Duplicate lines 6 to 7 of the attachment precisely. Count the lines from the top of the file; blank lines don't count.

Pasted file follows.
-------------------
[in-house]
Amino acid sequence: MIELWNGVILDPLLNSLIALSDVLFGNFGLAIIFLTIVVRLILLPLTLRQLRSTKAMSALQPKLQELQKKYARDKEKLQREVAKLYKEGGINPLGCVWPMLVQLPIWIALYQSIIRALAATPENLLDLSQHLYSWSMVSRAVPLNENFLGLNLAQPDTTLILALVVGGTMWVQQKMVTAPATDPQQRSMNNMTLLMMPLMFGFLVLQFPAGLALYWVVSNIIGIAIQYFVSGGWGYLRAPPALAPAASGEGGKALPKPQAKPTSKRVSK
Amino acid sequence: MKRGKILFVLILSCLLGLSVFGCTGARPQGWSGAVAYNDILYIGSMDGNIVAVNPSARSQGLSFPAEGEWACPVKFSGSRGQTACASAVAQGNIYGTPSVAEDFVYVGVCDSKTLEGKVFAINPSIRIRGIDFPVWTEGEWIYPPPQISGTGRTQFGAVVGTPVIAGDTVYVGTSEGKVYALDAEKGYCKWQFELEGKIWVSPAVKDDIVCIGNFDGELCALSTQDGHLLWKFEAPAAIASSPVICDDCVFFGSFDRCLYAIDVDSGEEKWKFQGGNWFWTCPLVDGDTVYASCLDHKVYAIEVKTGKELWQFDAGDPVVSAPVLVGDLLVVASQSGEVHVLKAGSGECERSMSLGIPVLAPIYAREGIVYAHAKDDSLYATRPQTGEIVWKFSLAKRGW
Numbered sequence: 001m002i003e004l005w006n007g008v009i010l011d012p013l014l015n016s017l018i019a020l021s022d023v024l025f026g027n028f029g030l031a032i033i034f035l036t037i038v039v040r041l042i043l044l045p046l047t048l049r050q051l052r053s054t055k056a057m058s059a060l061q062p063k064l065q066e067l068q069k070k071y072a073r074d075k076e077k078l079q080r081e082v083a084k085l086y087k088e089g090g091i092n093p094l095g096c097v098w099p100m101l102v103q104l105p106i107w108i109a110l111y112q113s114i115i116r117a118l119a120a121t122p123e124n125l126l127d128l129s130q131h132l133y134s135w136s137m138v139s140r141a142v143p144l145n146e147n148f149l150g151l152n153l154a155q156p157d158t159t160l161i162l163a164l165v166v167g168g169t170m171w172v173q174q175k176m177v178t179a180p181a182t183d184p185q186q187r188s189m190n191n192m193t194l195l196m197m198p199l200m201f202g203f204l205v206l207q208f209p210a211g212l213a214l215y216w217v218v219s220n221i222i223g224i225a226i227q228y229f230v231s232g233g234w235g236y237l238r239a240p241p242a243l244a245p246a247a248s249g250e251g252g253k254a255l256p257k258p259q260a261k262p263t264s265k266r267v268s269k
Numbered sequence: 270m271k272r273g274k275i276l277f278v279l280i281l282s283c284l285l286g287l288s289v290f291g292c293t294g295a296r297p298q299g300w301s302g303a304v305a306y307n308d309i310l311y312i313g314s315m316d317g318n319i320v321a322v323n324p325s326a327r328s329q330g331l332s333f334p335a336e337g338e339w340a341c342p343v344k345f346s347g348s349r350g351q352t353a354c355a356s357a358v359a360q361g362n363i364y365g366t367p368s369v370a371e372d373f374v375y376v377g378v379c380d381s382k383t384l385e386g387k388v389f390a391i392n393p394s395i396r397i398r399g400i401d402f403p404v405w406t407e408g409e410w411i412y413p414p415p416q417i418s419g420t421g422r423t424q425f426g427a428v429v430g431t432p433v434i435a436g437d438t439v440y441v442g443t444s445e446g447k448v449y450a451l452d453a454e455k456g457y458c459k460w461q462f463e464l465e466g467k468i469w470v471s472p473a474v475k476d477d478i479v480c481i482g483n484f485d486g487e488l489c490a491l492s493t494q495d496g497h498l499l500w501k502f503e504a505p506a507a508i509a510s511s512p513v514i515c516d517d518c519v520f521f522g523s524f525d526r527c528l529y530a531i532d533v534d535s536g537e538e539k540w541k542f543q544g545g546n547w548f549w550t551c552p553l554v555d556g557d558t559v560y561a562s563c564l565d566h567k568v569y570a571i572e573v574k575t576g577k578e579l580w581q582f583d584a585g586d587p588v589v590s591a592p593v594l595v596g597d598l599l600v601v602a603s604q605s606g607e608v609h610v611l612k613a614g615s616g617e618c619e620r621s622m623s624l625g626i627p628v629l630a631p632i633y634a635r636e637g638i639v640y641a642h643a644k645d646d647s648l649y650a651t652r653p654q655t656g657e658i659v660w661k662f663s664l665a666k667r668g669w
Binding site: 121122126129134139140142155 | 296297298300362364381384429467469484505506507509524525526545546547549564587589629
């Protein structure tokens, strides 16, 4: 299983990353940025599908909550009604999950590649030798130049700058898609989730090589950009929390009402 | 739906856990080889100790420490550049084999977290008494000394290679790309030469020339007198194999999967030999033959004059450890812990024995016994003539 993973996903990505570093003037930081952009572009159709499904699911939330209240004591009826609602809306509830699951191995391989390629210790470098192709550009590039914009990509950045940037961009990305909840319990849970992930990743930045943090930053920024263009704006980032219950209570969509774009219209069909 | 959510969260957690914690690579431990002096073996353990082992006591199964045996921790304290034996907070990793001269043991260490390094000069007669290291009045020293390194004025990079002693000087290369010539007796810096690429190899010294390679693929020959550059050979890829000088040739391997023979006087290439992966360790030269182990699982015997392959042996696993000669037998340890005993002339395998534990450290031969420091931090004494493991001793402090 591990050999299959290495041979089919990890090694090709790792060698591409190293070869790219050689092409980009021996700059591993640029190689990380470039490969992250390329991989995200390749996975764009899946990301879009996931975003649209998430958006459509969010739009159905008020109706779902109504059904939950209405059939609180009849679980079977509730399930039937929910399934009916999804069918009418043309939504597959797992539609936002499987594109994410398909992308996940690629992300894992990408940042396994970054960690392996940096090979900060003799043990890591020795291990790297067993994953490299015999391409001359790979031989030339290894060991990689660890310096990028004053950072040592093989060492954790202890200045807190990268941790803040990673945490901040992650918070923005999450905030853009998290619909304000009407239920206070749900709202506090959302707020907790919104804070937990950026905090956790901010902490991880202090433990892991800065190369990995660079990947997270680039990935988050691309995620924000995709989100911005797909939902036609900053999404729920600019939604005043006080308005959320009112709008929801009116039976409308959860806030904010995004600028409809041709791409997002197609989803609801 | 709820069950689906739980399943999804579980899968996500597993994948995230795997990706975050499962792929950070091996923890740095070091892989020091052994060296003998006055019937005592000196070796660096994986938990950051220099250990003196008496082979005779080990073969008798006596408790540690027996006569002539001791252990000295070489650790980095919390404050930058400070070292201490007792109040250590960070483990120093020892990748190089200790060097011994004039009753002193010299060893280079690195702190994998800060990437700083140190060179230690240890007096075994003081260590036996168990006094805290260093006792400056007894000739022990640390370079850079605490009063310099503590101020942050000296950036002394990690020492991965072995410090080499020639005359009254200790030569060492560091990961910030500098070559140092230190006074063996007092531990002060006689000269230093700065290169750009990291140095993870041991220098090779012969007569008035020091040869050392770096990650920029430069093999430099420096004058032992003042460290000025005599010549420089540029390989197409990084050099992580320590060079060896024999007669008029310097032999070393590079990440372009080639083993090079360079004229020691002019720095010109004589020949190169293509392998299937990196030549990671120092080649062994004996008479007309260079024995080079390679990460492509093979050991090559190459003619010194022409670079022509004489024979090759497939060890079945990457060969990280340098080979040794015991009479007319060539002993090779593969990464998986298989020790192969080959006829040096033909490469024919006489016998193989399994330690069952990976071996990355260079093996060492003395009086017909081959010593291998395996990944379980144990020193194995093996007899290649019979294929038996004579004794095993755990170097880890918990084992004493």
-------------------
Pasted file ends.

Binding site: 121122126129134139140142155 | 296297298300362364381384429467469484505506507509524525526545546547549564587589629
């Protein structure tokens, strides 16, 4: 299983990353940025599908909550009604999950590649030798130049700058898609989730090589950009929390009402 | 739906856990080889100790420490550049084999977290008494000394290679790309030469020339007198194999999967030999033959004059450890812990024995016994003539 993973996903990505570093003037930081952009572009159709499904699911939330209240004591009826609602809306509830699951191995391989390629210790470098192709550009590039914009990509950045940037961009990305909840319990849970992930990743930045943090930053920024263009704006980032219950209570969509774009219209069909 | 959510969260957690914690690579431990002096073996353990082992006591199964045996921790304290034996907070990793001269043991260490390094000069007669290291009045020293390194004025990079002693000087290369010539007796810096690429190899010294390679693929020959550059050979890829000088040739391997023979006087290439992966360790030269182990699982015997392959042996696993000669037998340890005993002339395998534990450290031969420091931090004494493991001793402090 591990050999299959290495041979089919990890090694090709790792060698591409190293070869790219050689092409980009021996700059591993640029190689990380470039490969992250390329991989995200390749996975764009899946990301879009996931975003649209998430958006459509969010739009159905008020109706779902109504059904939950209405059939609180009849679980079977509730399930039937929910399934009916999804069918009418043309939504597959797992539609936002499987594109994410398909992308996940690629992300894992990408940042396994970054960690392996940096090979900060003799043990890591020795291990790297067993994953490299015999391409001359790979031989030339290894060991990689660890310096990028004053950072040592093989060492954790202890200045807190990268941790803040990673945490901040992650918070923005999450905030853009998290619909304000009407239920206070749900709202506090959302707020907790919104804070937990950026905090956790901010902490991880202090433990892991800065190369990995660079990947997270680039990935988050691309995620924000995709989100911005797909939902036609900053999404729920600019939604005043006080308005959320009112709008929801009116039976409308959860806030904010995004600028409809041709791409997002197609989803609801 | 709820069950689906739980399943999804579980899968996500597993994948995230795997990706975050499962792929950070091996923890740095070091892989020091052994060296003998006055019937005592000196070796660096994986938990950051220099250990003196008496082979005779080990073969008798006596408790540690027996006569002539001791252990000295070489650790980095919390404050930058400070070292201490007792109040250590960070483990120093020892990748190089200790060097011994004039009753002193010299060893280079690195702190994998800060990437700083140190060179230690240890007096075994003081260590036996168990006094805290260093006792400056007894000739022990640390370079850079605490009063310099503590101020942050000296950036002394990690020492991965072995410090080499020639005359009254200790030569060492560091990961910030500098070559140092230190006074063996007092531990002060006689000269230093700065290169750009990291140095993870041991220098090779012969007569008035020091040869050392770096990650920029430069093999430099420096004058032992003042460290000025005599010549420089540029390989197409990084050099992580320590060079060896024999007669008029310097032999070393590079990440372009080639083993090079360079004229020691002019720095010109004589020949190169293509392998299937990196030549990671120092080649062994004996008479007309260079024995080079390679990460492509093979050991090559190459003619010194022409670079022509004489024979090759497939060890079945990457060969990280340098080979040794015991009479007319060539002993090779593969990464998986298989020790192969080959006829040096033909490469024919006489016998193989399994330690069952990976071996990355260079093996060492003395009086017909081959010593291998395996990944379980144990020193194995093996007899290649019979294929038996004579004794095993755990170097880890918990084992004493």